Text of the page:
Spectral detail is used to differentiate between features that are close together and spectrally similar. Looking at a forest and want to pick out tree species? Set this to a high value.
      As for the bands, near infrared and shortwave infrared are going to give you the most information about the vegetation. The third band depends on the other dominant features in your image. Don’t worry about water, but if you have a lot of soil, you might want to try the red band.
      Life pro tip: Zoom in to 1:1 and use the raster function to spot check your segments before running the geoprocessing tool. You do not want to run this function on an entire Landsat scene! Unless of course, you get paid by the hour and can log computational time. The way to do this is zoom in to an area of interest at a 1:1 resolution and then apply the segmentation function. Tweak the spectral and spatial parameters accordingly. Then, turn that layer off in the table of contents. Move to another area and repeat until you’re happy with the spectral and spatial detail levels. Then run the geoprocessing tool to create the segmented image that you will use for classification.

  9. aryan1992 says:

    How can we derive the vegetation indices for Landsat 8 data?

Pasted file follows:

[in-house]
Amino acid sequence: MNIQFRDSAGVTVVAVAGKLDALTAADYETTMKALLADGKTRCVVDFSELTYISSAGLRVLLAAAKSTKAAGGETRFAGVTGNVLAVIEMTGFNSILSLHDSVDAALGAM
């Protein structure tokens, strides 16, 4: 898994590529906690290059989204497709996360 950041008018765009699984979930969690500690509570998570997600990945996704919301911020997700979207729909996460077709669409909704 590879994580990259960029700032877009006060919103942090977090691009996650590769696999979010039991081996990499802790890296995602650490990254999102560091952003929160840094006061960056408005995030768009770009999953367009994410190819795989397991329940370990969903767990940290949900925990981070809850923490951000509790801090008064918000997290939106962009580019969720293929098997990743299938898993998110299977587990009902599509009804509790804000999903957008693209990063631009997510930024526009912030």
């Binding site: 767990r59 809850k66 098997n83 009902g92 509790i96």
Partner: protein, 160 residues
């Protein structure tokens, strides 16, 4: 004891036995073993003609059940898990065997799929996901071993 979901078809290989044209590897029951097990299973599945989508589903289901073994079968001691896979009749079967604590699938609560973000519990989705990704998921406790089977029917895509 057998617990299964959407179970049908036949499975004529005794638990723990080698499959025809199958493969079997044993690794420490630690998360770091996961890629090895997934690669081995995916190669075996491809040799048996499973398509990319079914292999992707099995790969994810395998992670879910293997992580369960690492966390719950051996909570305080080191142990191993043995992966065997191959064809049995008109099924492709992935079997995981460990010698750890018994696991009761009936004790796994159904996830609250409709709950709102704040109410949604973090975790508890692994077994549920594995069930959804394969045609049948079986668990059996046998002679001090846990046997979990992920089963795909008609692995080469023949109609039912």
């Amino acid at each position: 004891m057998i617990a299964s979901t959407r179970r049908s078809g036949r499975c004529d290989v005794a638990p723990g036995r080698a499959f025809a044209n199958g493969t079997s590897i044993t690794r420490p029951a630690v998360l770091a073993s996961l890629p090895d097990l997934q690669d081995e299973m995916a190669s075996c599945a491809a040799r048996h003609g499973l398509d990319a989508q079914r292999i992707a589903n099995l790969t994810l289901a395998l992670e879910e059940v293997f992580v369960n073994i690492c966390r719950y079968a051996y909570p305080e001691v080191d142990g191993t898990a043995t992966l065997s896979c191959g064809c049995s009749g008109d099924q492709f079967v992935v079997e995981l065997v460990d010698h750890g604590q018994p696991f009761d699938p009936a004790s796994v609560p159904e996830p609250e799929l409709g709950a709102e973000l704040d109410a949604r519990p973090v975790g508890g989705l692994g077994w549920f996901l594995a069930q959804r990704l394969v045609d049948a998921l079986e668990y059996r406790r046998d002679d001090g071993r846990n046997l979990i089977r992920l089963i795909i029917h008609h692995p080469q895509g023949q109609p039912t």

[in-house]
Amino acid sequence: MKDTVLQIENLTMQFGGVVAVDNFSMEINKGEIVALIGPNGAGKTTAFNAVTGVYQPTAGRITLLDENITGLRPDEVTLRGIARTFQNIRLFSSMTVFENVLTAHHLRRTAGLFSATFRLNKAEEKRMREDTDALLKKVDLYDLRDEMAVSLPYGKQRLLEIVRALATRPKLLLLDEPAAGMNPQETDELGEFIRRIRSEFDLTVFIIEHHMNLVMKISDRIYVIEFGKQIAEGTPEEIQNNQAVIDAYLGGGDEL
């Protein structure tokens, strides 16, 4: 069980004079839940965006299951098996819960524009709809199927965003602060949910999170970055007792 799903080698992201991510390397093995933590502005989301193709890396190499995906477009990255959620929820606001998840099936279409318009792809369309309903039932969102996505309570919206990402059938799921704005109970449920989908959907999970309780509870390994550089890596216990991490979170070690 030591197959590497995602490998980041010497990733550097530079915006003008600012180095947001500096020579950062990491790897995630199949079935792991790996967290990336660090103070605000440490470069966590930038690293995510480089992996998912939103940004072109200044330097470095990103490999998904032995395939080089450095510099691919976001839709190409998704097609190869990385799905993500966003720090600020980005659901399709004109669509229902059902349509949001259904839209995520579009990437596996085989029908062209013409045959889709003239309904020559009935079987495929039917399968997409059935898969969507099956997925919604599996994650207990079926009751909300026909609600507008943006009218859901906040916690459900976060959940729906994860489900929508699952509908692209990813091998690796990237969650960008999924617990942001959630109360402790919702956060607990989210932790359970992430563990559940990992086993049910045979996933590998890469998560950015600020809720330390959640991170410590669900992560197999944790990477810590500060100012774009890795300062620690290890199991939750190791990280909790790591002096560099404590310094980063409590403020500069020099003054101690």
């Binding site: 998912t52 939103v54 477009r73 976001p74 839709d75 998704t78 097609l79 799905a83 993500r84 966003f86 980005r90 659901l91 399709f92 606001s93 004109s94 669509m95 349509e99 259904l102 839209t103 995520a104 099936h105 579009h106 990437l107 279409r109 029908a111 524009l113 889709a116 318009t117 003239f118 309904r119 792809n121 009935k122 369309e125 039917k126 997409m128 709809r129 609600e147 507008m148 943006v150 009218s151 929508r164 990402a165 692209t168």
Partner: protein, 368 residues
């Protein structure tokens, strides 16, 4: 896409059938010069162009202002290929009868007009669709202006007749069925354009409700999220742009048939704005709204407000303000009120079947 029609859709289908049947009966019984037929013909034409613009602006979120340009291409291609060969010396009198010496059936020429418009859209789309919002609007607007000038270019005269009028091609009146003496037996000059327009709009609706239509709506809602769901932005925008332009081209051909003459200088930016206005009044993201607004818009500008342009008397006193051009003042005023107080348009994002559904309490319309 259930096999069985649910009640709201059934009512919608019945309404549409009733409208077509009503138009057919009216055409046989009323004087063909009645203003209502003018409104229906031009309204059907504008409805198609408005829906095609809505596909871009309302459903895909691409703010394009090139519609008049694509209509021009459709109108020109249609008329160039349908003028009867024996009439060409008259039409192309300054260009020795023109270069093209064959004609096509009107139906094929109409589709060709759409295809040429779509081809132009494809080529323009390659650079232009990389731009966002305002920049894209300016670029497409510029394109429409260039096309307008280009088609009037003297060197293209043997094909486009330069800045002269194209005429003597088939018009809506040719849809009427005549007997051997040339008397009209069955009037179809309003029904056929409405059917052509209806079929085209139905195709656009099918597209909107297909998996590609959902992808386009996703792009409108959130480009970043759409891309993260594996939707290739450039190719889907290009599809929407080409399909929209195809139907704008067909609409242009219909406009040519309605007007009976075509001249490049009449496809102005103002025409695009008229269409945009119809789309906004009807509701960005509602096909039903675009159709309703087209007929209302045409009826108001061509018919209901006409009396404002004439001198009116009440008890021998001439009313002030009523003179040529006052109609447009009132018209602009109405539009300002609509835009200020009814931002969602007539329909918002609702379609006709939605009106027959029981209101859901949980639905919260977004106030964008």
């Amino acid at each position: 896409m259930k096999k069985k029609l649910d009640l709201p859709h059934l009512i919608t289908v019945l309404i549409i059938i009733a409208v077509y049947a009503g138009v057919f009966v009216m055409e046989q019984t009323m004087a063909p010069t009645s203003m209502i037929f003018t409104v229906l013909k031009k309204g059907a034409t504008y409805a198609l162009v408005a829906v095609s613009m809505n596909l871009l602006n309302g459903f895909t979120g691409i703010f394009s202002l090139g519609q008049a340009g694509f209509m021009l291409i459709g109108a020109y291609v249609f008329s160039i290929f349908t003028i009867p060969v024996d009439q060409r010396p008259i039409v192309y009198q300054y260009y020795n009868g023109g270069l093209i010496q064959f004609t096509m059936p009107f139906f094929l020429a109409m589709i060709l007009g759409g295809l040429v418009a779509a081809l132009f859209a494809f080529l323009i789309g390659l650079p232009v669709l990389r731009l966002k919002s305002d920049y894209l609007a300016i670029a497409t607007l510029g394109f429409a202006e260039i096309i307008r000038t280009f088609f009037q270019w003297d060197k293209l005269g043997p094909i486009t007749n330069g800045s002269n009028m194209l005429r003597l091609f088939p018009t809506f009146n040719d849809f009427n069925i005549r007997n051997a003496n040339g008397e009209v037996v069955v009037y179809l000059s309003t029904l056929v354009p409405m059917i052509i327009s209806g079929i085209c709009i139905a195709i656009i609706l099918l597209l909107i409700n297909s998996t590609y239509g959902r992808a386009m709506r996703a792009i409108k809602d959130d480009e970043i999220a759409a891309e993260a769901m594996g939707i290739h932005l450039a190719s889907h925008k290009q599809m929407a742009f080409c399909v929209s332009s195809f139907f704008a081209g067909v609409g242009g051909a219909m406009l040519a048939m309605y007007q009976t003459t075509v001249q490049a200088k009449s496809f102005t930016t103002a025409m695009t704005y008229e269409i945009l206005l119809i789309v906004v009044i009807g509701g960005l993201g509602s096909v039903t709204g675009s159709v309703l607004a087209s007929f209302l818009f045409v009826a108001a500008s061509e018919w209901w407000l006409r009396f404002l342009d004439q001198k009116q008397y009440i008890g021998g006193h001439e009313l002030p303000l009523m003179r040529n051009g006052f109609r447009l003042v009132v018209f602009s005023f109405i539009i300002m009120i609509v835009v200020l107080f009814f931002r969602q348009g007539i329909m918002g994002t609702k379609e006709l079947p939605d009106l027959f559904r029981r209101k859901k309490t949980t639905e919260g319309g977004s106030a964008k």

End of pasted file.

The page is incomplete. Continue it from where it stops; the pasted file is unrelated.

10. nadaalansari says:

    Hi Kevin,

    Please, how can I download Landsat8 image?
    Thank you in advance.

  11. nourmadi says:


    i have a question regarding landsat 8 bandwidth ranges. some ranges are not clear whether they are inclusive to the value or not.
    eg. band 1 [0.43-0.45] and band 2 [0.45-0.51]. in this case which band does the value of 0.45 belong to?
    second, some values are not included in any range.
    eg. value of 0.52 falls between band 2 and band 3. (similar to other values such as 0.60,0.61,0.62,0.63….)

    how can you explain these ranges and is there a remedy to include all the values?

    thank you

    • kevin_butler says:

      Hi Nour,

      To answer your first question about where one band ends and the other begins, what the sensor is doing is collecting all of the energy within that range, so .045 can be in both.

      To answer your second question about the gaps, it’s something that is actually better to not collect energy for the entire electromagnetic spectrum. If you go back and look at the band ranges Landsat 1 through Landsat 8, you’ll see that the ranges get narrower. The remote sensing community has figured out over time that you get a better signal to noise ratio within these narrower ranges. Here’s a USGS site with the band specs:

  12. anhpt200 says:

    here I make video clip for combining landsat bands

  13. vivian22 says:

    Amzin post.
    I have a question, I am trying to detect temporary changes in my area. I would like to know how I can subtract with “Map Algebra” between two images if they are of different Landsat (7 and 8)

  14. marton_tud says:

    I would like to show my student what are wave length values in pixels of Lansdat 8 band rasters. How to calculate new raster with real wave length from downloaded raster?

  15. moderhassan says:

    can you help i study master i need to some information